The conduit 803 and reel 802 need not take the exact form described herein. The conduit 803 must have a swivel 800 in fluid connection with the reel 802 to permit rotation of part of the reel 802 that is in fluid connection with a hose, and the reel must reel in the hose as rotation of the swivel occurs in one direction, and the reel must permit reeling out of the hose as rotation occurs in another direction.

It will be understood by those skilled in the art that this description is made with reference to the preferred embodiment and that it is possible to make other embodiments employing the principles of the invention which fall within its spirit and scope as defined by the following claims.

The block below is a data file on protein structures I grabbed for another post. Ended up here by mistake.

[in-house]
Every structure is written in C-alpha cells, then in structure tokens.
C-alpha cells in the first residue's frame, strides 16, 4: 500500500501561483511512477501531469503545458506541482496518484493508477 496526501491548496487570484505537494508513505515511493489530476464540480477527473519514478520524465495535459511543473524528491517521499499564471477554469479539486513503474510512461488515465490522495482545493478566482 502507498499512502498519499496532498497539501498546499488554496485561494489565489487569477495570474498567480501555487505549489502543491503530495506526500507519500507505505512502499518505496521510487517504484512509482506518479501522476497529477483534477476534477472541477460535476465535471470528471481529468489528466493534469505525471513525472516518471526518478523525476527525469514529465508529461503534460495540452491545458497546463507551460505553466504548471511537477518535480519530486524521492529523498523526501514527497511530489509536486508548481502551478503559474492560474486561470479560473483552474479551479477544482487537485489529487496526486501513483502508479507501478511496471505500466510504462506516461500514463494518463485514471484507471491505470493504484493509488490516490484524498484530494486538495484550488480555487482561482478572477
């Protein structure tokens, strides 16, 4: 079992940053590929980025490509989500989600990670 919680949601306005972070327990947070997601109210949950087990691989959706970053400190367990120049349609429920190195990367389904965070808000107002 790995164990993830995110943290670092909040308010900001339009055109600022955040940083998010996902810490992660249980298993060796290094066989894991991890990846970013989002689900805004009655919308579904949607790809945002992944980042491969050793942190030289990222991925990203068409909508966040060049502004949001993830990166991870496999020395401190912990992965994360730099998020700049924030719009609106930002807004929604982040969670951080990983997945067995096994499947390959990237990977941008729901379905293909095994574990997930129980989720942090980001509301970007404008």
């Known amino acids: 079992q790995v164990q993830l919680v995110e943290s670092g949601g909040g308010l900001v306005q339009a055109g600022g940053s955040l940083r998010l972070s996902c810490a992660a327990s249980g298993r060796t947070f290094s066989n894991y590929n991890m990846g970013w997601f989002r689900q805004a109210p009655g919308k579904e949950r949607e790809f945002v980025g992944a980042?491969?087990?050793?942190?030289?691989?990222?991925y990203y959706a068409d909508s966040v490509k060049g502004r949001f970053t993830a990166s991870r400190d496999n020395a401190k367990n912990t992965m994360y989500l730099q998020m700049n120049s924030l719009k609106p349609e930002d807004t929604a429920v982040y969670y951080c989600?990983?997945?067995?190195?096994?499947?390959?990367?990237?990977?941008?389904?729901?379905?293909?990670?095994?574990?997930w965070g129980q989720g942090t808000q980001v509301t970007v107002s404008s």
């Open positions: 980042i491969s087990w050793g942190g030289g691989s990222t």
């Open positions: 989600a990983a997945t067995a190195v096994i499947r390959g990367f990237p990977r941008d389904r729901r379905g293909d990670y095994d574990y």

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Classifications
U.S. Classification285/147.1, 285/148.19, 285/272
International ClassificationF16L27/00, B60H1/00, F16L27/093
Cooperative ClassificationF16L27/093, F16L27/0849, B60H1/00571
European ClassificationF16L27/093, B60H1/00S2B, F16L27/08C
Legal Events
DateCodeEventDescription
31 Dec 2013FPExpired due to failure to pay maintenance fee
Effective date: 20131110
10 Nov 2013LAPSLapse for failure to pay maintenance fees
21 Jun 2013REMIMaintenance fee reminder mailed
3 May 2006ASAssignment
Owner name: BRASSCORP LIMITED, CANADA
Free format text: ASSIGNMENT OF ASSIGNORS INTEREST;ASSIGNORS:BRASS, JACK;KNOWLES, STEVEN M.;MCEWAN, GREGORY R.W.;REEL/FRAME:017843/0761;SIGNING DATES FROM 20050128 TO 20050207
Free format text: ASSIGNMENT OF ASSIGNORS INTEREST;ASSIGNORS:BRASS, JACK;KNOWLES, STEVEN M.;MCEWAN, GREGORY R.W.;REEL/FRAME:017843/0766;SIGNING DATES FROM 20050128 TO 20050207